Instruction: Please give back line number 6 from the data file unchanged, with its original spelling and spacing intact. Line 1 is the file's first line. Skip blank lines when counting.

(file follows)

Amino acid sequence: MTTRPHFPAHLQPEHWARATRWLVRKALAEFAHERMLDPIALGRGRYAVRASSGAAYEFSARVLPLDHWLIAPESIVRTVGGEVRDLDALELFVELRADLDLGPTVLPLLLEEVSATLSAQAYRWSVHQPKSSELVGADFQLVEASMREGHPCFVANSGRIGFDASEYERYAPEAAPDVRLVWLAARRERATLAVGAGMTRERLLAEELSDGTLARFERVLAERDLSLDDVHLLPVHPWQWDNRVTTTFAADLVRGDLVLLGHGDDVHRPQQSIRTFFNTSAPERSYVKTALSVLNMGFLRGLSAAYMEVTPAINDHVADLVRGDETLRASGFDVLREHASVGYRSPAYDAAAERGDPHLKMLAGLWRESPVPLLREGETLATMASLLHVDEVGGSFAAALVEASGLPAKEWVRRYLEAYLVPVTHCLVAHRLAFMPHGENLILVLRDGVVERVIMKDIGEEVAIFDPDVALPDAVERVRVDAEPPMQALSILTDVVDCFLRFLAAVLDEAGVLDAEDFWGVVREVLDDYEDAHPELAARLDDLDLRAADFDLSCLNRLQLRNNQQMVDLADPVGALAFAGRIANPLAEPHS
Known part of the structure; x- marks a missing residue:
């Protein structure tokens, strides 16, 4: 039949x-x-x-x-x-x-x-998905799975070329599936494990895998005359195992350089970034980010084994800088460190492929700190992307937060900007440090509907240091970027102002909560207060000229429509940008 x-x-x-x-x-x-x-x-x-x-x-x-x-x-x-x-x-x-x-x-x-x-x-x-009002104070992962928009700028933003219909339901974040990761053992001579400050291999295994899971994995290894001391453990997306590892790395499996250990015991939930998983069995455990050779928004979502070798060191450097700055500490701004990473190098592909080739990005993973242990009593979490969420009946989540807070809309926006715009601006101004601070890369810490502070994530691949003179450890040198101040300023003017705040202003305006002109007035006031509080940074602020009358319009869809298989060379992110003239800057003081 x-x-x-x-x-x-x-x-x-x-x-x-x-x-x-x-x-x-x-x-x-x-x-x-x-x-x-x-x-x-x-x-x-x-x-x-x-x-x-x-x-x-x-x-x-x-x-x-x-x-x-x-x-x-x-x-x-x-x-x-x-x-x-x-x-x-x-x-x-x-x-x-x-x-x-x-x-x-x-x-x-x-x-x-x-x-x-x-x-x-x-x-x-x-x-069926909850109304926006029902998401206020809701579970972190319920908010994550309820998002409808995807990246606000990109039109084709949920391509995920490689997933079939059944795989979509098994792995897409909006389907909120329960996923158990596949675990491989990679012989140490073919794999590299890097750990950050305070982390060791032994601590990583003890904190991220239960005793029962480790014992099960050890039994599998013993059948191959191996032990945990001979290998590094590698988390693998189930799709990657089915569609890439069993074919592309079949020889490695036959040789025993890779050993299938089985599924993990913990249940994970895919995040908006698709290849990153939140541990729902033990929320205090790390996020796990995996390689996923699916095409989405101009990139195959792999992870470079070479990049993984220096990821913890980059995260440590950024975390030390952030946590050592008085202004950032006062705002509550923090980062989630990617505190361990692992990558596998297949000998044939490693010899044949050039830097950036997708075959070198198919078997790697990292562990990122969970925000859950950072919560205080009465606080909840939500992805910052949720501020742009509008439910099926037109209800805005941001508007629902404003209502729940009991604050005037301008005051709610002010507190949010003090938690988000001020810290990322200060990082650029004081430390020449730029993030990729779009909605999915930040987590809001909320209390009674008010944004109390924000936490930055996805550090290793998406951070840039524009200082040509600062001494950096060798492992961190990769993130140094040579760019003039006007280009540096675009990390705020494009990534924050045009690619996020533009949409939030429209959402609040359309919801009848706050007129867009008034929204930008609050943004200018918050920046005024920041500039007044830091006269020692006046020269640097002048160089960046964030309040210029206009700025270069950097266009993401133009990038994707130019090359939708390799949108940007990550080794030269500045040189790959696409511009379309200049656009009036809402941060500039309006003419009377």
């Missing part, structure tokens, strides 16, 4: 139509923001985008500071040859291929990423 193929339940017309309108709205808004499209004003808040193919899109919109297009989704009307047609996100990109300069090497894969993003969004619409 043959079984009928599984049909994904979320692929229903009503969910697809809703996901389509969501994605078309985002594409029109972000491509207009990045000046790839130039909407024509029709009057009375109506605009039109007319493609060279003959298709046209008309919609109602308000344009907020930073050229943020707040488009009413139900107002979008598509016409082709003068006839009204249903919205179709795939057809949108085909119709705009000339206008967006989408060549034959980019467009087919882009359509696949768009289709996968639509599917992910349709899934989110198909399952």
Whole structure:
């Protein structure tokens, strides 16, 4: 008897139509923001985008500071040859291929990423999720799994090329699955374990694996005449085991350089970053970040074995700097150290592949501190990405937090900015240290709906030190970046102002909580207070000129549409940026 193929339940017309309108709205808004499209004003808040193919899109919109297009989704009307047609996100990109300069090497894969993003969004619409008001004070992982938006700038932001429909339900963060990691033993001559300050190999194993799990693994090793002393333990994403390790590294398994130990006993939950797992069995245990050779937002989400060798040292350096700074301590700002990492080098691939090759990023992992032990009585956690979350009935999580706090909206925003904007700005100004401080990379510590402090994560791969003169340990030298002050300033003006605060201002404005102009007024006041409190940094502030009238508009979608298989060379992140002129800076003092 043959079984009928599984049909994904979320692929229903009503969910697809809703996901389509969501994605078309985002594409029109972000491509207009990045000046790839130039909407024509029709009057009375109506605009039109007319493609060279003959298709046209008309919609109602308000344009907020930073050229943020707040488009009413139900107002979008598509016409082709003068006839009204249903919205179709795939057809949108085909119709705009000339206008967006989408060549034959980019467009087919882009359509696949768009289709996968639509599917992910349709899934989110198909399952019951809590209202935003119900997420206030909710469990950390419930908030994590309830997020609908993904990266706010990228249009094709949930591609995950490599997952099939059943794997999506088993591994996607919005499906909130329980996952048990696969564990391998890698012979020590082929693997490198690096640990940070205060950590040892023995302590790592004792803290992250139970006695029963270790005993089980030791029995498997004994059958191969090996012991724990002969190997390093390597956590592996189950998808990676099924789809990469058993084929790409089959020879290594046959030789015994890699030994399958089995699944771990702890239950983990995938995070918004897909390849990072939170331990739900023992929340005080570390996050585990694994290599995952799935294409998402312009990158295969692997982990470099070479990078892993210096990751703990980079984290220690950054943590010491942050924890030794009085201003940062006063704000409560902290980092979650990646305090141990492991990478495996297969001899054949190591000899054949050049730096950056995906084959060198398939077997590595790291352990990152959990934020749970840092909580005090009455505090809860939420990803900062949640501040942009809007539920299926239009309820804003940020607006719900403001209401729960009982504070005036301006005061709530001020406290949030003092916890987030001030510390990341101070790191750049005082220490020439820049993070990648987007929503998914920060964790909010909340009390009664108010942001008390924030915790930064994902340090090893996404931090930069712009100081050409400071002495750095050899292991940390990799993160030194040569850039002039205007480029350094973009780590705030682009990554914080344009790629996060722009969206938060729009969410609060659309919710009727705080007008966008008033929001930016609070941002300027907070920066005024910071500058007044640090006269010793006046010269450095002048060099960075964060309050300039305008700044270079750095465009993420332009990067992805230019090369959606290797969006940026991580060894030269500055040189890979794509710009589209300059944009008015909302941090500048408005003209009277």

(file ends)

């Protein structure tokens, strides 16, 4: 008897139509923001985008500071040859291929990423999720799994090329699955374990694996005449085991350089970053970040074995700097150290592949501190990405937090900015240290709906030190970046102002909580207070000129549409940026 193929339940017309309108709205808004499209004003808040193919899109919109297009989704009307047609996100990109300069090497894969993003969004619409008001004070992982938006700038932001429909339900963060990691033993001559300050190999194993799990693994090793002393333990994403390790590294398994130990006993939950797992069995245990050779937002989400060798040292350096700074301590700002990492080098691939090759990023992992032990009585956690979350009935999580706090909206925003904007700005100004401080990379510590402090994560791969003169340990030298002050300033003006605060201002404005102009007024006041409190940094502030009238508009979608298989060379992140002129800076003092 043959079984009928599984049909994904979320692929229903009503969910697809809703996901389509969501994605078309985002594409029109972000491509207009990045000046790839130039909407024509029709009057009375109506605009039109007319493609060279003959298709046209008309919609109602308000344009907020930073050229943020707040488009009413139900107002979008598509016409082709003068006839009204249903919205179709795939057809949108085909119709705009000339206008967006989408060549034959980019467009087919882009359509696949768009289709996968639509599917992910349709899934989110198909399952019951809590209202935003119900997420206030909710469990950390419930908030994590309830997020609908993904990266706010990228249009094709949930591609995950490599997952099939059943794997999506088993591994996607919005499906909130329980996952048990696969564990391998890698012979020590082929693997490198690096640990940070205060950590040892023995302590790592004792803290992250139970006695029963270790005993089980030791029995498997004994059958191969090996012991724990002969190997390093390597956590592996189950998808990676099924789809990469058993084929790409089959020879290594046959030789015994890699030994399958089995699944771990702890239950983990995938995070918004897909390849990072939170331990739900023992929340005080570390996050585990694994290599995952799935294409998402312009990158295969692997982990470099070479990078892993210096990751703990980079984290220690950054943590010491942050924890030794009085201003940062006063704000409560902290980092979650990646305090141990492991990478495996297969001899054949190591000899054949050049730096950056995906084959060198398939077997590595790291352990990152959990934020749970840092909580005090009455505090809860939420990803900062949640501040942009809007539920299926239009309820804003940020607006719900403001209401729960009982504070005036301006005061709530001020406290949030003092916890987030001030510390990341101070790191750049005082220490020439820049993070990648987007929503998914920060964790909010909340009390009664108010942001008390924030915790930064994902340090090893996404931090930069712009100081050409400071002495750095050899292991940390990799993160030194040569850039002039205007480029350094973009780590705030682009990554914080344009790629996060722009969206938060729009969410609060659309919710009727705080007008966008008033929001930016609070941002300027907070920066005024910071500058007044640090006269010793006046010269450095002048060099960075964060309050300039305008700044270079750095465009993420332009990067992805230019090369959606290797969006940026991580060894030269500055040189890979794509710009589209300059944009008015909302941090500048408005003209009277």